Rumblings in Congress over bids to find a leader outside CWC

Congress president Rahul Gandhi at parliament house in new delhi on wednesday.Express photo by Anil Sharma.26.06.2019

The crisis in the Congress following the resignation last week of Rahul Gandhi as its leader has taken a turn for the worse with two senior leaders one a longstanding former member of the Congress Working Committee and another a former Union minister openly questioning the exercise being carried out by a small group of CWC members to find a consensus party president, and other senior leaders resenting what they perceive are attempts to foist a name.

Sources said a section of the top leaders are said to be unhappy at alleged attempts by an influential section to push the names of some Dalit leaders. It is learnt that all CWC members have been asked to suggest names of their choice for the Congress president. With a consensus remaining elusive, sources said a meeting of the CWC will be held only next week.

Speaking out Tuesday, Janardan Dwivedi, who was AICC general secretary in charge of the organisation for years, hit out at those who are still continuing in responsible positions despite Rahul Gandhi making it clear he was stepping down taking accountability for the defeat since it would be unjust to hold others accountable while ignoring his own responsibility as president of the party.

Janardan Dwivedi is a former Congress general secretary. (File)

Dwivedi questioned the exercise being carried out by a group of leaders, saying it lacked credibility. Who is making the selection of the new Congress president?… As far as I understand the Congress constitution and its spirit, Rahul Gandhi is still the Congress president. And on that basis some appointments were also made recently… If he continues to be the president, on what basis is there a search for a Congress president. Who is doing it? How can it be done? Has it been discussed in the Congress Working Committee? No.

Those who are doing it… I share an affinity with them and I am not addressing them. It is a matter of perception. Their perception on this issue is not appropriate. I am told these meetings are being convened in the name of the coordination committee. Where is the coordination committee? The coordination committee had been set up for the Lok Sabha elections. It ceases to exit after the elections. And this was not its mandate, he said.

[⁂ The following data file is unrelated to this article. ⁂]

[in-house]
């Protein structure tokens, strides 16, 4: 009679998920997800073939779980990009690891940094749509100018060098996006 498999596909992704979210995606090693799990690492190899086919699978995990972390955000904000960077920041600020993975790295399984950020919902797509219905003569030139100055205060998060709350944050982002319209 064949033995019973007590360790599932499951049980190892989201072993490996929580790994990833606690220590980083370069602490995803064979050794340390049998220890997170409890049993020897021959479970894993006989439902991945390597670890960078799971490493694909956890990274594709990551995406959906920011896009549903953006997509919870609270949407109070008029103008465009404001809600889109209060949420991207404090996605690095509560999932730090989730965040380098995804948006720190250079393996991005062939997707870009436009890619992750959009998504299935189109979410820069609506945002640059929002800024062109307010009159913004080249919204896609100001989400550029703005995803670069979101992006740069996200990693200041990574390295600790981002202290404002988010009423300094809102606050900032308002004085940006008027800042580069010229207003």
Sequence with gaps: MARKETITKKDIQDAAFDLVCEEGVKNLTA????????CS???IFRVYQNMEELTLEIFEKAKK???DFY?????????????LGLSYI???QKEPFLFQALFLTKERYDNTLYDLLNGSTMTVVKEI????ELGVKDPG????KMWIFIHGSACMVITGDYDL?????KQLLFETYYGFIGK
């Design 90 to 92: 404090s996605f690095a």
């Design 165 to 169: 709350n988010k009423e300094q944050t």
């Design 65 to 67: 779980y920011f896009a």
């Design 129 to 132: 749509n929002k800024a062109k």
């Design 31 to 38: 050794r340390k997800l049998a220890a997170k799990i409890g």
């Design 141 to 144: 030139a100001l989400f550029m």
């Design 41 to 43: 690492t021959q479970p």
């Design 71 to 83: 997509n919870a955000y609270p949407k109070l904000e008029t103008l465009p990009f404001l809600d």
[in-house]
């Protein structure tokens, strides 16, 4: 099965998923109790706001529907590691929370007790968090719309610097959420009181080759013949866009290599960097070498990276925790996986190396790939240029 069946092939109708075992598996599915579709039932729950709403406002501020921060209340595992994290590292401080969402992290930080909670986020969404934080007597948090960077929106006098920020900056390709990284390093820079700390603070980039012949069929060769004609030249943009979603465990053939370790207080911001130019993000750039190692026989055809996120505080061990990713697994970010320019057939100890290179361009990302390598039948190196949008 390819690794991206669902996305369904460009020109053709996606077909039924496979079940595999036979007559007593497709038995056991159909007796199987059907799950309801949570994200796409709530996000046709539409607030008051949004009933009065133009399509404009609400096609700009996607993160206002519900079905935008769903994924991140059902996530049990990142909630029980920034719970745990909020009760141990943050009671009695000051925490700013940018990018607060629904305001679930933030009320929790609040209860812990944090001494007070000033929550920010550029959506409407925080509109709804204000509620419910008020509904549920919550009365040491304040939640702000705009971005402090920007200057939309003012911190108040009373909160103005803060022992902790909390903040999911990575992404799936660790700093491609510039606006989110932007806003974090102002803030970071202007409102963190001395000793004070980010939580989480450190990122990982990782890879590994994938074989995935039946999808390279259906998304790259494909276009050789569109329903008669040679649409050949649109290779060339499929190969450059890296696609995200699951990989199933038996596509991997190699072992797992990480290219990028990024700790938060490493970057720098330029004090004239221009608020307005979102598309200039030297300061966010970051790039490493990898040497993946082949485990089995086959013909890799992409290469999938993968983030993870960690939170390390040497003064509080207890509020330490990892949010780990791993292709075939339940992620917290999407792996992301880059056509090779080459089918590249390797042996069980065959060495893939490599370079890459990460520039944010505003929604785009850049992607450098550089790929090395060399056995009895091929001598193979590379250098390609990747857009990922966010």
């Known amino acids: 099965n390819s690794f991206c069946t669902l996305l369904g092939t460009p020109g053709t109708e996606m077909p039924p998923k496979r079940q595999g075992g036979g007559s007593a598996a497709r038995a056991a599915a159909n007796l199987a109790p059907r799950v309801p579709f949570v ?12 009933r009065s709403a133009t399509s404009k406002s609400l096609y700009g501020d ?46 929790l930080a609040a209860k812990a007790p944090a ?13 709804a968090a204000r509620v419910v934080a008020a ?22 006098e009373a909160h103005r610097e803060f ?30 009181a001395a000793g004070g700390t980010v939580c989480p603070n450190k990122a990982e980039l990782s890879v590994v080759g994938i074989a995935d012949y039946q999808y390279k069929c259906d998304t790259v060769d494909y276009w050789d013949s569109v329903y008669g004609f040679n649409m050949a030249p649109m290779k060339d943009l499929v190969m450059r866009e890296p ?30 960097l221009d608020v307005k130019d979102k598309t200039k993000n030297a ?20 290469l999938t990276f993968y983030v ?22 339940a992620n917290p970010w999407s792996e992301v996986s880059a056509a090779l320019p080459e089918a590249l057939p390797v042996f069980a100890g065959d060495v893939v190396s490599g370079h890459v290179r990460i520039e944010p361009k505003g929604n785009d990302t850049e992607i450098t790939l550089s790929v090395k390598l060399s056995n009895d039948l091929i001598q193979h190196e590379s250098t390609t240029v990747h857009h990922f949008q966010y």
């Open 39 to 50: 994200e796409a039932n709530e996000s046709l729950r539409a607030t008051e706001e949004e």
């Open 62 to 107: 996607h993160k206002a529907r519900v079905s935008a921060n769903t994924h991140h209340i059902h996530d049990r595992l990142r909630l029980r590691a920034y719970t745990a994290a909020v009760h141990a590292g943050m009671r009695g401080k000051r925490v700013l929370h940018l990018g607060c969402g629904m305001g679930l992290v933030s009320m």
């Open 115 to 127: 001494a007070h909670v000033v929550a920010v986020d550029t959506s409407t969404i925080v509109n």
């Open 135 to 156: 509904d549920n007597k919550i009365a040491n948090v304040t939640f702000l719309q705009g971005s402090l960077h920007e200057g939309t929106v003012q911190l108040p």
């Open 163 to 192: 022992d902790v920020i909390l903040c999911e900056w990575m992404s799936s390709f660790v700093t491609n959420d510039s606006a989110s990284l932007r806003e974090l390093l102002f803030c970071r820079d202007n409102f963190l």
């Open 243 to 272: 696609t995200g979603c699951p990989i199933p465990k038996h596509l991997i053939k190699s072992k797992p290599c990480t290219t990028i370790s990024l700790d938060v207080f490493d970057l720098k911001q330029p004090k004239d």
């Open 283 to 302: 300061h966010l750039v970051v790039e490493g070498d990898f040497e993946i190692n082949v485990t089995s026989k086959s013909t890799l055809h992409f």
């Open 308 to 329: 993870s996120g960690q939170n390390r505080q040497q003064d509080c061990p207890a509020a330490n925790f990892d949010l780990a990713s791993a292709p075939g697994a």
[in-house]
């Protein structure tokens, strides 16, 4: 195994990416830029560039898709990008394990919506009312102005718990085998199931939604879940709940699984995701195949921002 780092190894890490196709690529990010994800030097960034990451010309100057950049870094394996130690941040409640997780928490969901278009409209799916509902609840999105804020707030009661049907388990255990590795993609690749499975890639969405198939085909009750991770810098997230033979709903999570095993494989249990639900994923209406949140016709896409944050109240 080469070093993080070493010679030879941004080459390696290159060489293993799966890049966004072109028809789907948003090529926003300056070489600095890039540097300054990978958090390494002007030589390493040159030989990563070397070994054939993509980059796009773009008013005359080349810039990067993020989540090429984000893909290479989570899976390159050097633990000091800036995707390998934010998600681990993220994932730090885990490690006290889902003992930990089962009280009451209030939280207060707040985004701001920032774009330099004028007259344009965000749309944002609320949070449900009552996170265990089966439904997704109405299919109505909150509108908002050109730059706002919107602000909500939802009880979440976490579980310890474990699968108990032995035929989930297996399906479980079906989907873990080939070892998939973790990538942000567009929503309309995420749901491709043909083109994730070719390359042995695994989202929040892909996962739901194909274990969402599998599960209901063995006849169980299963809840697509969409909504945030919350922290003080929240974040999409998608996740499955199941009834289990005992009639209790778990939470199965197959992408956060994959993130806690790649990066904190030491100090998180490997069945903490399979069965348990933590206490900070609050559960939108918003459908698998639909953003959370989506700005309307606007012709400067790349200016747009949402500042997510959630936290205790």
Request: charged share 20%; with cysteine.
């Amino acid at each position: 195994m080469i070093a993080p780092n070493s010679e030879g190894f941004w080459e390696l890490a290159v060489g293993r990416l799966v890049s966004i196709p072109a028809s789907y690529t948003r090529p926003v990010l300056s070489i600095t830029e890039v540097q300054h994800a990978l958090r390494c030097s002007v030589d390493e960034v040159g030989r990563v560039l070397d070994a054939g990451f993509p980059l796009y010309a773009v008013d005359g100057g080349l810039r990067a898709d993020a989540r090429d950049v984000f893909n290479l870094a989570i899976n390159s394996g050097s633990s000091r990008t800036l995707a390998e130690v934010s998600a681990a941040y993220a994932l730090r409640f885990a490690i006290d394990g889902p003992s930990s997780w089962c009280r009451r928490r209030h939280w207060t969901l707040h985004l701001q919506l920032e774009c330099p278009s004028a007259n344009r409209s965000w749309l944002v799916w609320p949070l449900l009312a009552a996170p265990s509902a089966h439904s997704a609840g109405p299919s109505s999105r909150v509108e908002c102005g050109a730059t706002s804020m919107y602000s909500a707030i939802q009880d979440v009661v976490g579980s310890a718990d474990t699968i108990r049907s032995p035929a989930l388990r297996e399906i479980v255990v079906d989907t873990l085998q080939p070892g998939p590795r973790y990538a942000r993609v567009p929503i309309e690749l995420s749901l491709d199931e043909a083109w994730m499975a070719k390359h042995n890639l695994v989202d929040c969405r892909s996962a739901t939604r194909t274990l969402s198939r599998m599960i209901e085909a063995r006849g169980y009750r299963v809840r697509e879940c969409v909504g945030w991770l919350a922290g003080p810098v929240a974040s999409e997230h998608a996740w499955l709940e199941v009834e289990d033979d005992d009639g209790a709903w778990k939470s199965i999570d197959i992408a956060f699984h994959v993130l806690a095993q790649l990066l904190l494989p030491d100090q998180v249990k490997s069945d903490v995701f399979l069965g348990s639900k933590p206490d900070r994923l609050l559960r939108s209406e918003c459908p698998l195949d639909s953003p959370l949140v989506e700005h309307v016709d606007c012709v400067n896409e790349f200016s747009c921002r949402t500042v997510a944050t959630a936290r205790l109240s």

Dwivedi said veteran leader A K Antony has not attended any of the informal meetings being held so far. He said Rahul left a gap as he should have put in place a system for the election of a new president when he decided to quit.

With the names of several Congress leaders doing the rounds for the post of Congress president, Dwivedi said it is also not proper to float all sorts of names. On the effort by some senior leaders to arrive at a consensus candidate, he said: What is that? Define senior leaders. Anyone can claim that. Tomorrow, I can start something. What does it mean? .

Former Union minister Ashwani Kumar said discussions in a few drawing rooms in the Capital cannot be seen to be consultations wide enough to elicit consensus on who the president should be.

He said the immediate challenge before the Congress is to find a leader or a structure of leadership that will inspire confidence amongst the Congress cadres and leadership and also among the people at large.

The selection process also must be seen to be credible, transparent and one that inspires hope. And the product of that selection process, it is hoped, would yield leadership that has the capacity and the vision to meet the challenges of the moment, Kumar told The Indian Express.

The need of the hour today is to have a leader who will be able to carry all sections of society with him and is seen to be fair and just as the final arbiter of intra-party issues and disputes. It is necessary to find a leader who will keep the party cohesive and keep it together, so that the party can articulate an ideological vision to play its rightful role as a constructive Opposition party seeking to work for an inclusive India, he said.